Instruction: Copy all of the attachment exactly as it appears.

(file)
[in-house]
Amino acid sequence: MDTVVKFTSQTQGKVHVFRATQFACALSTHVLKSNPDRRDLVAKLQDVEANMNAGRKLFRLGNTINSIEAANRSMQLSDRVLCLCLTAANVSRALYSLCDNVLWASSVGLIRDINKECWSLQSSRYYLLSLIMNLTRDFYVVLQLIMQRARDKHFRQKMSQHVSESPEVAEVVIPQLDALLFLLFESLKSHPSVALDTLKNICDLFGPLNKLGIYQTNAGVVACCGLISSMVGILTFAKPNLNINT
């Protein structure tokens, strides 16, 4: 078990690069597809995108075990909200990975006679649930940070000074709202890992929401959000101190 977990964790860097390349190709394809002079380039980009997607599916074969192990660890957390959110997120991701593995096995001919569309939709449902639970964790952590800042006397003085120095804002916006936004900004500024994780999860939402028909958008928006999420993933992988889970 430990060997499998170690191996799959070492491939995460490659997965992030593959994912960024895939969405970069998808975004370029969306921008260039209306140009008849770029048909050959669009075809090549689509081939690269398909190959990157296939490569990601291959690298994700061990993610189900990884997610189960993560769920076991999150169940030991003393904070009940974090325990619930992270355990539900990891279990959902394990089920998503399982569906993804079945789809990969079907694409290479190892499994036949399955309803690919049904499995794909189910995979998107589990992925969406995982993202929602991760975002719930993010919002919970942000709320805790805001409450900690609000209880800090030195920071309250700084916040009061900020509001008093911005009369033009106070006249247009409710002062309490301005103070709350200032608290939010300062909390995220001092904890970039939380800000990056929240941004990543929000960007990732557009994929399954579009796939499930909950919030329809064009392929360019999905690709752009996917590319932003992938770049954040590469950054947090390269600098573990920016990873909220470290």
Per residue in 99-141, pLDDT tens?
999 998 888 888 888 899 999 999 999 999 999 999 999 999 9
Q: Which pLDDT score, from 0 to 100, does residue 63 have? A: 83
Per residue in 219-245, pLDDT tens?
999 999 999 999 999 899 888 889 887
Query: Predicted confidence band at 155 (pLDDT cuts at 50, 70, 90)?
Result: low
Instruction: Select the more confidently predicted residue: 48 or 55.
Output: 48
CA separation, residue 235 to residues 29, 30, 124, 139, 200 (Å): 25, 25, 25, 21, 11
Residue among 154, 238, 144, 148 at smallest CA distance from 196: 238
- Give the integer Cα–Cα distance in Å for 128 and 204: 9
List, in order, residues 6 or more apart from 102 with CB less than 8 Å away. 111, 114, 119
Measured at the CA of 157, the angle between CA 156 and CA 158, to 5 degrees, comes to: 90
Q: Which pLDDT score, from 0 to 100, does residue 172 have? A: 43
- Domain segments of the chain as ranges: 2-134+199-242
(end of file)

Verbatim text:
[in-house]
Amino acid sequence: MDTVVKFTSQTQGKVHVFRATQFACALSTHVLKSNPDRRDLVAKLQDVEANMNAGRKLFRLGNTINSIEAANRSMQLSDRVLCLCLTAANVSRALYSLCDNVLWASSVGLIRDINKECWSLQSSRYYLLSLIMNLTRDFYVVLQLIMQRARDKHFRQKMSQHVSESPEVAEVVIPQLDALLFLLFESLKSHPSVALDTLKNICDLFGPLNKLGIYQTNAGVVACCGLISSMVGILTFAKPNLNINT
């Protein structure tokens, strides 16, 4: 078990690069597809995108075990909200990975006679649930940070000074709202890992929401959000101190 977990964790860097390349190709394809002079380039980009997607599916074969192990660890957390959110997120991701593995096995001919569309939709449902639970964790952590800042006397003085120095804002916006936004900004500024994780999860939402028909958008928006999420993933992988889970 430990060997499998170690191996799959070492491939995460490659997965992030593959994912960024895939969405970069998808975004370029969306921008260039209306140009008849770029048909050959669009075809090549689509081939690269398909190959990157296939490569990601291959690298994700061990993610189900990884997610189960993560769920076991999150169940030991003393904070009940974090325990619930992270355990539900990891279990959902394990089920998503399982569906993804079945789809990969079907694409290479190892499994036949399955309803690919049904499995794909189910995979998107589990992925969406995982993202929602991760975002719930993010919002919970942000709320805790805001409450900690609000209880800090030195920071309250700084916040009061900020509001008093911005009369033009106070006249247009409710002062309490301005103070709350200032608290939010300062909390995220001092904890970039939380800000990056929240941004990543929000960007990732557009994929399954579009796939499930909950919030329809064009392929360019999905690709752009996917590319932003992938770049954040590469950054947090390269600098573990920016990873909220470290």
Per residue in 99-141, pLDDT tens?
999 998 888 888 888 899 999 999 999 999 999 999 999 999 9
Q: Which pLDDT score, from 0 to 100, does residue 63 have? A: 83
Per residue in 219-245, pLDDT tens?
999 999 999 999 999 899 888 889 887
Query: Predicted confidence band at 155 (pLDDT cuts at 50, 70, 90)?
Result: low
Instruction: Select the more confidently predicted residue: 48 or 55.
Output: 48
CA separation, residue 235 to residues 29, 30, 124, 139, 200 (Å): 25, 25, 25, 21, 11
Residue among 154, 238, 144, 148 at smallest CA distance from 196: 238
- Give the integer Cα–Cα distance in Å for 128 and 204: 9
List, in order, residues 6 or more apart from 102 with CB less than 8 Å away. 111, 114, 119
Measured at the CA of 157, the angle between CA 156 and CA 158, to 5 degrees, comes to: 90
Q: Which pLDDT score, from 0 to 100, does residue 172 have? A: 43
- Domain segments of the chain as ranges: 2-134+199-242